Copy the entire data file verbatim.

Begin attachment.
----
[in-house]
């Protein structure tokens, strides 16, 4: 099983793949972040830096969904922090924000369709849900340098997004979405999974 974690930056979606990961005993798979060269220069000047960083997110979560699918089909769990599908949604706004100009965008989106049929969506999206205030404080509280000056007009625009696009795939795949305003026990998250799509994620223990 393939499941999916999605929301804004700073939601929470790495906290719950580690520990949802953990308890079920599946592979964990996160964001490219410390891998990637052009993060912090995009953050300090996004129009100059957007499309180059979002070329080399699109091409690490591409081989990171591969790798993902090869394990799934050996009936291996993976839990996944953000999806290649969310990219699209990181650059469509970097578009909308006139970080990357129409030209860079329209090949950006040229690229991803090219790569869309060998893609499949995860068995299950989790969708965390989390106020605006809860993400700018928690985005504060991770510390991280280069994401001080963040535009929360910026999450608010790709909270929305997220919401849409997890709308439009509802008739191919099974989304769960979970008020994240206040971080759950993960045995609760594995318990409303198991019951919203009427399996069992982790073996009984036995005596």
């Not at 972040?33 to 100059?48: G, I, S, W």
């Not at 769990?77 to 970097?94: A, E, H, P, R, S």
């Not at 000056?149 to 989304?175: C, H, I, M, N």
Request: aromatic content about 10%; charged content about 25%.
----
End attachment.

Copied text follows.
[in-house]
């Protein structure tokens, strides 16, 4: 099983793949972040830096969904922090924000369709849900340098997004979405999974 974690930056979606990961005993798979060269220069000047960083997110979560699918089909769990599908949604706004100009965008989106049929969506999206205030404080509280000056007009625009696009795939795949305003026990998250799509994620223990 393939499941999916999605929301804004700073939601929470790495906290719950580690520990949802953990308890079920599946592979964990996160964001490219410390891998990637052009993060912090995009953050300090996004129009100059957007499309180059979002070329080399699109091409690490591409081989990171591969790798993902090869394990799934050996009936291996993976839990996944953000999806290649969310990219699209990181650059469509970097578009909308006139970080990357129409030209860079329209090949950006040229690229991803090219790569869309060998893609499949995860068995299950989790969708965390989390106020605006809860993400700018928690985005504060991770510390991280280069994401001080963040535009929360910026999450608010790709909270929305997220919401849409997890709308439009509802008739191919099974989304769960979970008020994240206040971080759950993960045995609760594995318990409303198991019951919203009427399996069992982790073996009984036995005596």
């Not at 972040?33 to 100059?48: G, I, S, W």
């Not at 769990?77 to 970097?94: A, E, H, P, R, S």
């Not at 000056?149 to 989304?175: C, H, I, M, N």
Request: aromatic content about 10%; charged content about 25%.